by Reagan Zimmerman
Big Green Lake
What’s hot: walleye, panfish and bluegill
What’s not: cisco and white bass
Mike Norton’s Fishing and Hunting Adventures, www.biggreenlakefishing.com, 920-295-3617.
Lake trout fishing is either hot or not.
Fishing guide, Mike Norton said that people are catching one to four lake trout during a four-hour fishing trip.
“It takes about an hour or two to catch a legal lake trout,” he said. “Some days it takes a little longer, but some days it is a little better than that.”
According to Norton, for this time of the summer, those numbers are decent.
“It is going to get more difficult to catch them as the summer goes on,” the fishing guide said. “Once the water warms up, they will go deeper in the lake, making them harder to catch.”
Currently, lake trout may be found in 60 to 100 feet of water and caught with Sutton Spoons — either size 44 or 38 — or with a dodger and minnow.
Norton added cisco and white bass have been slow.
Dennis Walker, Dennis Walker Pontoon Guide Service on Big Green Lake, 294-0611
Walker is still waiting for the activity to pick up on the lake, but noted walleye fishing has been decent lately.
“One of the better bites has been some walleye,” he said. “It’s not everyday, but basically the best bite is either early in the morning before there is a lot of activity on the lake or later at night, an hour or so before dark.”
Walleye may be caught with nightcrawler harnesses or artificial crankbaits along the weedline.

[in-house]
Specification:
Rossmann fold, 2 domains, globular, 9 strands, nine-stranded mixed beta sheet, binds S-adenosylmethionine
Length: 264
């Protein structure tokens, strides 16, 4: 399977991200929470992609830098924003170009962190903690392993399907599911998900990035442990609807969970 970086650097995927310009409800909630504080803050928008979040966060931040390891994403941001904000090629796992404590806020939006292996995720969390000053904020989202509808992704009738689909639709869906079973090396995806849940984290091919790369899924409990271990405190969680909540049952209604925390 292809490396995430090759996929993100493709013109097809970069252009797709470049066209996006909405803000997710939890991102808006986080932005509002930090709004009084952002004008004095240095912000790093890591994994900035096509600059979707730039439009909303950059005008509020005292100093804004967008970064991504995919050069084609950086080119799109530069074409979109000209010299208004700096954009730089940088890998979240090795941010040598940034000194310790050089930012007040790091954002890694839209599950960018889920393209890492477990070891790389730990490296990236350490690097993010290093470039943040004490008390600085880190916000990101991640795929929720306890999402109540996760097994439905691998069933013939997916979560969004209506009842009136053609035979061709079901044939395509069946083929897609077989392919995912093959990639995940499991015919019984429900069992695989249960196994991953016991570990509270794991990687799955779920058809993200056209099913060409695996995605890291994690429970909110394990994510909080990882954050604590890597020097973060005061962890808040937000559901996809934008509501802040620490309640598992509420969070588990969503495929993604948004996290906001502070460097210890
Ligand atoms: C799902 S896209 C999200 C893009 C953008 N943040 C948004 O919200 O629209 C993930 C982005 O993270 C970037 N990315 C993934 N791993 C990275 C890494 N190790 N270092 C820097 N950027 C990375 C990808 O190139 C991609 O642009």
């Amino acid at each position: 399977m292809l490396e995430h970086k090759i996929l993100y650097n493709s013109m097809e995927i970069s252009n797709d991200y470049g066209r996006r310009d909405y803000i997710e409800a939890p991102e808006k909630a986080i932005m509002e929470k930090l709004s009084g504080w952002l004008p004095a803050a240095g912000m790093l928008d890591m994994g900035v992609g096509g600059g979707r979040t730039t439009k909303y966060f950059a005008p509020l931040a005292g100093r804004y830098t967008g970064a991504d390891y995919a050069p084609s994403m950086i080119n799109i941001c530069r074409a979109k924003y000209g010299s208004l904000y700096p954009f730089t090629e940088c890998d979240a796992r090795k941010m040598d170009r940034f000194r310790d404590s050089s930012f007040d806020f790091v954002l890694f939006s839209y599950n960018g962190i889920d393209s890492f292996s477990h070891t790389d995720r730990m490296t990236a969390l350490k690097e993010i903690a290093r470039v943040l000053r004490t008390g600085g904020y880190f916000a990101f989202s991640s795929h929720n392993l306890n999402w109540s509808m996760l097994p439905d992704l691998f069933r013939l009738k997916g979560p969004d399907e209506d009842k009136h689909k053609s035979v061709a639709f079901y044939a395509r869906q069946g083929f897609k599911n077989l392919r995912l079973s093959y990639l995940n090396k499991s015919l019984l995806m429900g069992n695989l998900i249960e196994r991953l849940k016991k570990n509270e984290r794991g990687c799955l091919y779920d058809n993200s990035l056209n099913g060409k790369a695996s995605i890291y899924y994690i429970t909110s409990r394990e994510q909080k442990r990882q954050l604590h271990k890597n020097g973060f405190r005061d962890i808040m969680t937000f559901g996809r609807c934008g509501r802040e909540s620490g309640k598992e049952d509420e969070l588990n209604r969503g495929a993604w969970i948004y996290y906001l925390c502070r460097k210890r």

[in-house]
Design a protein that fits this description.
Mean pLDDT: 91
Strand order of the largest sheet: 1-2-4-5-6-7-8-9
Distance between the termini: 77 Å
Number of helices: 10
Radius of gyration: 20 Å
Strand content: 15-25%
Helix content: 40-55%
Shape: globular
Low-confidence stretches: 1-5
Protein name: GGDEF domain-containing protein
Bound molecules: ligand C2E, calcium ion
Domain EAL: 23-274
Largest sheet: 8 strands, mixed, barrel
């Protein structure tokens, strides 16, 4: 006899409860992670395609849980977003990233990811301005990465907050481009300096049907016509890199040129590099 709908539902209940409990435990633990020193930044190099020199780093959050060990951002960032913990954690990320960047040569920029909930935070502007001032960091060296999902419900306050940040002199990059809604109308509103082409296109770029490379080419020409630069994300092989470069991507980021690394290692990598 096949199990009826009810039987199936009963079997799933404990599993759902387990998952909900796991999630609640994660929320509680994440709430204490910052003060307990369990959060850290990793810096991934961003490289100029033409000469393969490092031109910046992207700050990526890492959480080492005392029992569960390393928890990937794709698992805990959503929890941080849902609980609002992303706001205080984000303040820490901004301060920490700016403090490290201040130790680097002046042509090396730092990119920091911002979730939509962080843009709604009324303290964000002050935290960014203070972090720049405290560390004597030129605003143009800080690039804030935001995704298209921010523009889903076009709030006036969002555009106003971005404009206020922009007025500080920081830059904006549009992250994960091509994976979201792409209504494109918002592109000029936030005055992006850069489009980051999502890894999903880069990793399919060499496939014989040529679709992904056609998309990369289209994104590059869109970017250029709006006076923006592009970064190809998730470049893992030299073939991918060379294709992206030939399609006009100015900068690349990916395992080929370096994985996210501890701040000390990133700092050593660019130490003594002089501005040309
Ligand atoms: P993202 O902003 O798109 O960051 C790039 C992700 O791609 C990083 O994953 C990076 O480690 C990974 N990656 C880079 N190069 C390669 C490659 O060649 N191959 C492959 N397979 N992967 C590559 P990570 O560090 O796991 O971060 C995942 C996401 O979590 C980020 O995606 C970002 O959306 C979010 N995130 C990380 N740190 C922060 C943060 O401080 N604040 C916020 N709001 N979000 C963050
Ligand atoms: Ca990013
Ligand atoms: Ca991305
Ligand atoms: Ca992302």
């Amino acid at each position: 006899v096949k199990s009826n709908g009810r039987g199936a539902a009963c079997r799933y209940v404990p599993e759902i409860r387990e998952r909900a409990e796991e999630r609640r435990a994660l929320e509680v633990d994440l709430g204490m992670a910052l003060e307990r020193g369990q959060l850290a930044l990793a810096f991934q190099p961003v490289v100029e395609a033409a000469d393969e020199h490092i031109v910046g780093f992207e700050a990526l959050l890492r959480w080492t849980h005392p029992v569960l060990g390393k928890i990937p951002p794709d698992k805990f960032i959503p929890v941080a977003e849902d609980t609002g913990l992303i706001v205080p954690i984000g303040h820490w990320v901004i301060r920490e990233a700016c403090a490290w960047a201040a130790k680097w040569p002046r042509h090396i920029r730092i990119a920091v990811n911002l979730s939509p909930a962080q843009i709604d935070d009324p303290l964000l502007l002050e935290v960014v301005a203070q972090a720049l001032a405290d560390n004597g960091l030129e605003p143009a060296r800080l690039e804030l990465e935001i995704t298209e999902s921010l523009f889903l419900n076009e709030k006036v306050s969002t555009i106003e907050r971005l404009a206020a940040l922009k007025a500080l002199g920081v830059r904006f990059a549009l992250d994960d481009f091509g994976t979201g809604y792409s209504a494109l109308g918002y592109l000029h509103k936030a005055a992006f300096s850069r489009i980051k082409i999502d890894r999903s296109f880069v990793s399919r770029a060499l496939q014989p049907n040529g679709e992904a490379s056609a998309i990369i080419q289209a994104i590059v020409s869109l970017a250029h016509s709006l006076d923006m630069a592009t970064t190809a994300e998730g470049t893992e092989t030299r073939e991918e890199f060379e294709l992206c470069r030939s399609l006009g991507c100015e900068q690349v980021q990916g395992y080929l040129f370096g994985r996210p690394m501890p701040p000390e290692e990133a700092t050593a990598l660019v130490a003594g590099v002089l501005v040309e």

Walker said the east end of the lake is hot for walleye in the 10-to-30-foot range for water depth.
He noted they are not the only fish that are biting.
“Smallmouth bass are starting to get a little bit more active over the rocky areas or shoreline,” Walker said. “Sandstone [Bluff] has been good and down along the Emerald Shore area as well.”
Live bait, like leeches or nightcrawler, works best for catching smallmouth bass.
Artificial baits may be used as well.
Panfish and bluegill, meanwhile, have gone into spawning mode, so they are moving into shallower water.
Individuals have been successful with a plain bobber and trout or perch worm in 3 to 10 feet of water.
Walker reported there haven’t been a lot of white bass.
A few may be caught at the Inlet bridge, but it is pretty slow.
Little Green Lake
What’s hot: bluegill
What’s not: crappies
Todd Schulz, Landing on Little Green Lake, 920-398-2620.
Fishing has been going well on Little Green Lake lately, besides crappies, which have been slow.
“The bluegills have been biting,” Schulz said of one of the more active types of fish.
They are in shallower water and wax or red worms work best.
Some perch are being caught while using crappie minnows and small chunks of nightcrawlers.
Perch may be found in 10 to 15 feet of water.
Walleyes have been hitting a little bit in the deeper water.
“We have been getting a few walleyes by trolling little spinner baits, worm-crawler harnesses and leeches,” Schulz said.
Muskies may be caught along the weedlines with bucktail.
Fun Fish Facts:
It is estimated that there may still be more than 15,000 fish species that have not yet been identified.